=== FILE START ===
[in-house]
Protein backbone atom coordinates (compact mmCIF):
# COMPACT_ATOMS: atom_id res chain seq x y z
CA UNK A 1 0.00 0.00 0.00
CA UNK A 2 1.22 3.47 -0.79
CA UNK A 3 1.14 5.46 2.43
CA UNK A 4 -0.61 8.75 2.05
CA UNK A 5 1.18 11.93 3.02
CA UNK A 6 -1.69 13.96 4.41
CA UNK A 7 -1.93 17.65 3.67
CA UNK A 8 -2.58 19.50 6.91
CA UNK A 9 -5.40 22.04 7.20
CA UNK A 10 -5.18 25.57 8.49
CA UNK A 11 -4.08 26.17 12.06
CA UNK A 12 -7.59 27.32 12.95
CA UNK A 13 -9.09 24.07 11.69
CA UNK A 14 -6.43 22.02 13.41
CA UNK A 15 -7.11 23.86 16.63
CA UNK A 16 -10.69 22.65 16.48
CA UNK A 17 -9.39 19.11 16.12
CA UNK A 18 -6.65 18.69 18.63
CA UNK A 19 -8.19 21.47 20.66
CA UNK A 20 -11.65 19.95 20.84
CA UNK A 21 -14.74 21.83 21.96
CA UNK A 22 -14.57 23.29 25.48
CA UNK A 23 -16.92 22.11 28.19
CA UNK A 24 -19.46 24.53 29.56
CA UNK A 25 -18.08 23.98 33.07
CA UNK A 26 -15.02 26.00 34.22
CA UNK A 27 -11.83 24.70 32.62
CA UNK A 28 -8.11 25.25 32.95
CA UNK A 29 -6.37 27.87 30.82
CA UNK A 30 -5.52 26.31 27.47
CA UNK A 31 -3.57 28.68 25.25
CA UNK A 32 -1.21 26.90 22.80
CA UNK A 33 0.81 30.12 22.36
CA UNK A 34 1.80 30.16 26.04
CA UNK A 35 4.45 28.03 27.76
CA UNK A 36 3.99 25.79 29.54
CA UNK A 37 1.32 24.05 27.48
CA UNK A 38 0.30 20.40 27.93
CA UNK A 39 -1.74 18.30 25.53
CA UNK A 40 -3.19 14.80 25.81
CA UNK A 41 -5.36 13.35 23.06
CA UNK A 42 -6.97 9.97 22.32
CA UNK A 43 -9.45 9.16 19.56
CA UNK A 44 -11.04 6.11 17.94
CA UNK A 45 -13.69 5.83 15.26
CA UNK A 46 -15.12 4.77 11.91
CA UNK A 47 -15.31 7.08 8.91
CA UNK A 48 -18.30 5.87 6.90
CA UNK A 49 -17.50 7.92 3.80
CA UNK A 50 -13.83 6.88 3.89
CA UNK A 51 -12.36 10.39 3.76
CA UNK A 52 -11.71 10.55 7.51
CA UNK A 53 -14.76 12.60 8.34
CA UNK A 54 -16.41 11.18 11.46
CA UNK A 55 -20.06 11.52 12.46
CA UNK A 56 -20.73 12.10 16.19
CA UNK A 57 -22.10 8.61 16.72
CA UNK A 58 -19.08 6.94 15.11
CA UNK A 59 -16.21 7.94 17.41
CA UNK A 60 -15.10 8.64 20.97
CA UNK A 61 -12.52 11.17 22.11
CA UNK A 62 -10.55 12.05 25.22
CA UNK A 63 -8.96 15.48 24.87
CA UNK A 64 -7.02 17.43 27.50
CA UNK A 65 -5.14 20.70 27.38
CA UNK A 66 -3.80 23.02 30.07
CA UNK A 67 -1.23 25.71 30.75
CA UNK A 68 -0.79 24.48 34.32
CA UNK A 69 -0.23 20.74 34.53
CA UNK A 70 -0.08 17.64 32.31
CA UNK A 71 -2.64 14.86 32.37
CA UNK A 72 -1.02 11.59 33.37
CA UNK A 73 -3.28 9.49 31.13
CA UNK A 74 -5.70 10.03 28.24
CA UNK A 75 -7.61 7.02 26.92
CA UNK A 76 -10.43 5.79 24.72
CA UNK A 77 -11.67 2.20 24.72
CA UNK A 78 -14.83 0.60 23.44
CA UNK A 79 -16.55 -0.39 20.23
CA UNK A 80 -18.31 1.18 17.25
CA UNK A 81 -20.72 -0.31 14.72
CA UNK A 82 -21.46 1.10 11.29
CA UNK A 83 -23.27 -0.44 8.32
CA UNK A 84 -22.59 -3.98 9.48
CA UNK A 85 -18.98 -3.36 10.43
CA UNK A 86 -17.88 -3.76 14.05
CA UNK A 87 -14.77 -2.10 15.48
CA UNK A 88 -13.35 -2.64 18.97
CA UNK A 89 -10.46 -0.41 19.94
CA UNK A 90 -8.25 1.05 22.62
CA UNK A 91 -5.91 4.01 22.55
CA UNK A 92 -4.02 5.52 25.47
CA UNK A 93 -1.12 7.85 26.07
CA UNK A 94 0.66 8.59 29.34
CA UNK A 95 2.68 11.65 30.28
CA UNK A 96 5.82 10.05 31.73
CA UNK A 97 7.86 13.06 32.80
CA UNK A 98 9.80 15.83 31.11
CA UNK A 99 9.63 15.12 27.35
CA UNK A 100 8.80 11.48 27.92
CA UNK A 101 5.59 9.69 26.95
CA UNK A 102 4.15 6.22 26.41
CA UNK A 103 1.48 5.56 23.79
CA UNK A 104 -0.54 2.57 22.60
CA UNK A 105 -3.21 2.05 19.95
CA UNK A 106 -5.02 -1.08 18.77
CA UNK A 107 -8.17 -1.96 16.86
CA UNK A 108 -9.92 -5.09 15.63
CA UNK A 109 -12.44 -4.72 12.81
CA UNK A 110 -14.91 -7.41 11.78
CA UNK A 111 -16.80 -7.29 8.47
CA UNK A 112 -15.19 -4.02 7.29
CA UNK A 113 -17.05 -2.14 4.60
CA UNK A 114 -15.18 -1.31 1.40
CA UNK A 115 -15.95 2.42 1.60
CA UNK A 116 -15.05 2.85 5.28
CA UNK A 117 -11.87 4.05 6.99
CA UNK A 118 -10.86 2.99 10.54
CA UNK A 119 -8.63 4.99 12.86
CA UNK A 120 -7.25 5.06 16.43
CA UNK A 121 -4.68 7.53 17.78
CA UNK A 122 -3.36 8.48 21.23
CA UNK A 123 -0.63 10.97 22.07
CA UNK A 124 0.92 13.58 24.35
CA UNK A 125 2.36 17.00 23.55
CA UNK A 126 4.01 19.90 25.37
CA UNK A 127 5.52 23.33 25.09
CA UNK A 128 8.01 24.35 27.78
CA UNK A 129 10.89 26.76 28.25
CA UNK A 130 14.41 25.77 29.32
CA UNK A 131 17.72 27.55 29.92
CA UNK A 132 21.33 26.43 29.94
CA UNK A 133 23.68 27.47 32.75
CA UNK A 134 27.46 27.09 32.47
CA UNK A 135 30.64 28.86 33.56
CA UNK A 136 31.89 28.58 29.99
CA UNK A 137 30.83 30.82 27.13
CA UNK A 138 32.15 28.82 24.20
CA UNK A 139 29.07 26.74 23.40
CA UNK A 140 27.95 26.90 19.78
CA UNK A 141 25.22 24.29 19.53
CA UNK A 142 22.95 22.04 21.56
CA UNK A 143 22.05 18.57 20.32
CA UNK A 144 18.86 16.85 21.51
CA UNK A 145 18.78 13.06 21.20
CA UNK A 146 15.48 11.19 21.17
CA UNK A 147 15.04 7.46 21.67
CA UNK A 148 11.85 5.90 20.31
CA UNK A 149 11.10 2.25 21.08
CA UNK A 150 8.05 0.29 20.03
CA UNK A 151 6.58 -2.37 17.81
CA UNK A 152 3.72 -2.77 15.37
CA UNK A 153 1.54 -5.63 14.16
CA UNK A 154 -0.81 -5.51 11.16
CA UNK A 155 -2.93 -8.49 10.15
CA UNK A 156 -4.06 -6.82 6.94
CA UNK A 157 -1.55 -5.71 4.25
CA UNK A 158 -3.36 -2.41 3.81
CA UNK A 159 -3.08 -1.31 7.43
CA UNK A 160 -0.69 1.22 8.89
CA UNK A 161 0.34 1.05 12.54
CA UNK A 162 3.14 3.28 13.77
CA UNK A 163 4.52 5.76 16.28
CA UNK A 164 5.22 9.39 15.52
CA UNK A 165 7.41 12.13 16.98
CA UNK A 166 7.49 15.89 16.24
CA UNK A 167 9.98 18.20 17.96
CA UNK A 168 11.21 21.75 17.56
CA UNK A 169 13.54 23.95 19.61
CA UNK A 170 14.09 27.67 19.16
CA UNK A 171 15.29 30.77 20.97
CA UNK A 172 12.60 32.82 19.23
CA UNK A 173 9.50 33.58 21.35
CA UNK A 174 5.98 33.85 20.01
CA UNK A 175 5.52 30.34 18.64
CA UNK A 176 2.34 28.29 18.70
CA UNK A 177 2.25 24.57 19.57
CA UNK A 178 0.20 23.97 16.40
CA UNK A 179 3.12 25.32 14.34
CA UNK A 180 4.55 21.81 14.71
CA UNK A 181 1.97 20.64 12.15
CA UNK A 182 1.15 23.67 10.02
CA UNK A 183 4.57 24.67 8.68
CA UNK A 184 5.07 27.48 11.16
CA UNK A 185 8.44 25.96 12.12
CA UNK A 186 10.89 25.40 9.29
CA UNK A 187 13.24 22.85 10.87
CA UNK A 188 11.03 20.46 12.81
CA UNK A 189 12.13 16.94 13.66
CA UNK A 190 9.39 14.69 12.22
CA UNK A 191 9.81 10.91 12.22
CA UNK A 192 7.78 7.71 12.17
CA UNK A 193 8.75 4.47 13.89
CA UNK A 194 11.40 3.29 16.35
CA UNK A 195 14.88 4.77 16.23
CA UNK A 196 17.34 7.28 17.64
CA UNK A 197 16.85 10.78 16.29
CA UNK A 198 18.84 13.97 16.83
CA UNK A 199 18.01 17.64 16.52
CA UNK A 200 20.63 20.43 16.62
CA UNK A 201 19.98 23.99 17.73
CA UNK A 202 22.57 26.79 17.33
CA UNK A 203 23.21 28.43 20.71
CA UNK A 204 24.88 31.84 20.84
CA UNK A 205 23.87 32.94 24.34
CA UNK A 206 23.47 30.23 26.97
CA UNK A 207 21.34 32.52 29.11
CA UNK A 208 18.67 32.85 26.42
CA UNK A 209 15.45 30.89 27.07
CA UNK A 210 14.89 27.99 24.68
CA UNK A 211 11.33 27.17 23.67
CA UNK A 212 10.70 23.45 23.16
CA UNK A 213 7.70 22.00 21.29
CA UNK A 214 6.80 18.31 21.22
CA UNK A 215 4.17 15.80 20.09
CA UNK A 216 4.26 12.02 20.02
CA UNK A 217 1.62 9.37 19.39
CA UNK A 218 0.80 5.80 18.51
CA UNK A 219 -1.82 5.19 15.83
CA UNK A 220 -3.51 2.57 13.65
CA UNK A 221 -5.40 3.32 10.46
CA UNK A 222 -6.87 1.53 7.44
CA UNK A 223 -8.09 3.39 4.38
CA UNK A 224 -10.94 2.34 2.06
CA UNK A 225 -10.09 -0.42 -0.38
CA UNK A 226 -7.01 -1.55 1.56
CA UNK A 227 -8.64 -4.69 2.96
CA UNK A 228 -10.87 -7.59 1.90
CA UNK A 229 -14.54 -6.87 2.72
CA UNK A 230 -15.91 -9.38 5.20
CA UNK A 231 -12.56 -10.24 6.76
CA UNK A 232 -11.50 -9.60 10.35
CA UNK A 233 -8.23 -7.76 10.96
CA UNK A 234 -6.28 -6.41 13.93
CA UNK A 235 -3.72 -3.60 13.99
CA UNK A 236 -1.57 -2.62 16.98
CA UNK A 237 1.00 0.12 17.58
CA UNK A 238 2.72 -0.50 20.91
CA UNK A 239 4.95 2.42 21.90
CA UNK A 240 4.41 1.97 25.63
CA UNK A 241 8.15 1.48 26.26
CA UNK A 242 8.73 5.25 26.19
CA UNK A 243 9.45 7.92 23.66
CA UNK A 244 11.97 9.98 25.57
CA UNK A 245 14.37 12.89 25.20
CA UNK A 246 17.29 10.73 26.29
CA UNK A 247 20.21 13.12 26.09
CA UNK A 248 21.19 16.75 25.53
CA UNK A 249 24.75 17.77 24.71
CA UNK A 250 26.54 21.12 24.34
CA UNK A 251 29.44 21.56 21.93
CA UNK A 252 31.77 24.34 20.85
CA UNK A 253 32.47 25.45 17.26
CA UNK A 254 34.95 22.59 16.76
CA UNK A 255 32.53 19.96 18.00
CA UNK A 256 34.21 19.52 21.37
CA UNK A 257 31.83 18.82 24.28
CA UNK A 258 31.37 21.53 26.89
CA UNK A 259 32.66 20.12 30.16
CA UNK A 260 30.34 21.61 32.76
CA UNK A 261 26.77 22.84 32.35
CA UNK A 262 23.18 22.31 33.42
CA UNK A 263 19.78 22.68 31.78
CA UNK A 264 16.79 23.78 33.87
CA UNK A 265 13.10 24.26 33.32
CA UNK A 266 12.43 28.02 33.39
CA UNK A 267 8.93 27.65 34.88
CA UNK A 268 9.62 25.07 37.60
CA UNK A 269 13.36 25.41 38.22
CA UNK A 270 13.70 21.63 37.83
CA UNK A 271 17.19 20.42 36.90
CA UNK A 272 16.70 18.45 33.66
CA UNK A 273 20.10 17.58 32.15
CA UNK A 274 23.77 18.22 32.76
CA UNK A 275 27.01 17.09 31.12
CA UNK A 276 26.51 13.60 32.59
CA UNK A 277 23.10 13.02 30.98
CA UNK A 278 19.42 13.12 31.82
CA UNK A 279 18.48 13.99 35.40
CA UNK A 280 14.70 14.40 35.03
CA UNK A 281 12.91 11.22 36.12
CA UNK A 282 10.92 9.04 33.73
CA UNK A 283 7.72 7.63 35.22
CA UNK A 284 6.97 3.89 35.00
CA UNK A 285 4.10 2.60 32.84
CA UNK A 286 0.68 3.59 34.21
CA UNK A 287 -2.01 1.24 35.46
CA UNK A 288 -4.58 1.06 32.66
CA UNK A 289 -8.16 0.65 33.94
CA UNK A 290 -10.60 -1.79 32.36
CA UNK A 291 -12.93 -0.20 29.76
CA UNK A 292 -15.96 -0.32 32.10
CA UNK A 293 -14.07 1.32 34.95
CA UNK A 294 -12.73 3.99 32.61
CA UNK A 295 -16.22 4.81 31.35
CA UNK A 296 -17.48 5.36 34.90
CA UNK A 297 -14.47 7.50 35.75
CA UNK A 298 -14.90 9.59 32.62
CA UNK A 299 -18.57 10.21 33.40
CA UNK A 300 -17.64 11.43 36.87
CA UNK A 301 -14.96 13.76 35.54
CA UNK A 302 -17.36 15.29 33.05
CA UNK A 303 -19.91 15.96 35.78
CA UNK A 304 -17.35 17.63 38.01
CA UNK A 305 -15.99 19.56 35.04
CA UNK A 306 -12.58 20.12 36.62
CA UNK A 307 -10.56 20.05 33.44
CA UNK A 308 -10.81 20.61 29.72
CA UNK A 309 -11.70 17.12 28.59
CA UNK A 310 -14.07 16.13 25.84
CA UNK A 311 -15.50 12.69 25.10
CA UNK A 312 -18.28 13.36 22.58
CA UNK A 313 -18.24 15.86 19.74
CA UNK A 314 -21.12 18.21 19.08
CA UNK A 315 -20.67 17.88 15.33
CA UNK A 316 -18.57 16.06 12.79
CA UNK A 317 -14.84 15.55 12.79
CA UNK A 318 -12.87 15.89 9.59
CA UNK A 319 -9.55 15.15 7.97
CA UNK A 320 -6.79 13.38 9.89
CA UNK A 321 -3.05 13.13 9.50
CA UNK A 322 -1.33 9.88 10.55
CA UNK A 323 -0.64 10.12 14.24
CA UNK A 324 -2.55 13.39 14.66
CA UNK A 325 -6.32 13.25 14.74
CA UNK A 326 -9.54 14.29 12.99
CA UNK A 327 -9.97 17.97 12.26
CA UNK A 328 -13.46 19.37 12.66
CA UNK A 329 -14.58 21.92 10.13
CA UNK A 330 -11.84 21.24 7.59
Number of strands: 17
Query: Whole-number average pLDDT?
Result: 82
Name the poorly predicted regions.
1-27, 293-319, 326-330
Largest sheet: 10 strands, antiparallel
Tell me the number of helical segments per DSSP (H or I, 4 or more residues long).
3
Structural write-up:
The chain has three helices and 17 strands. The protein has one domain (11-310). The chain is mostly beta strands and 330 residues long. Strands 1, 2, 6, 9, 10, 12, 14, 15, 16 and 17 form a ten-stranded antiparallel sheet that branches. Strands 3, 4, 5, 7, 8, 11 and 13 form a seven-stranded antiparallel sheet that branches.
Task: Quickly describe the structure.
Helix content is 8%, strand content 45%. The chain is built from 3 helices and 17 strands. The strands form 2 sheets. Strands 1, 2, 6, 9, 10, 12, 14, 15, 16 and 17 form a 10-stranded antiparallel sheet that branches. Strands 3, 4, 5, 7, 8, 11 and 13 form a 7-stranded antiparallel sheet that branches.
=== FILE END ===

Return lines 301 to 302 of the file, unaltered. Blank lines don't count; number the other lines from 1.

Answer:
CA UNK A 298 -14.90 9.59 32.62
CA UNK A 299 -18.57 10.21 33.40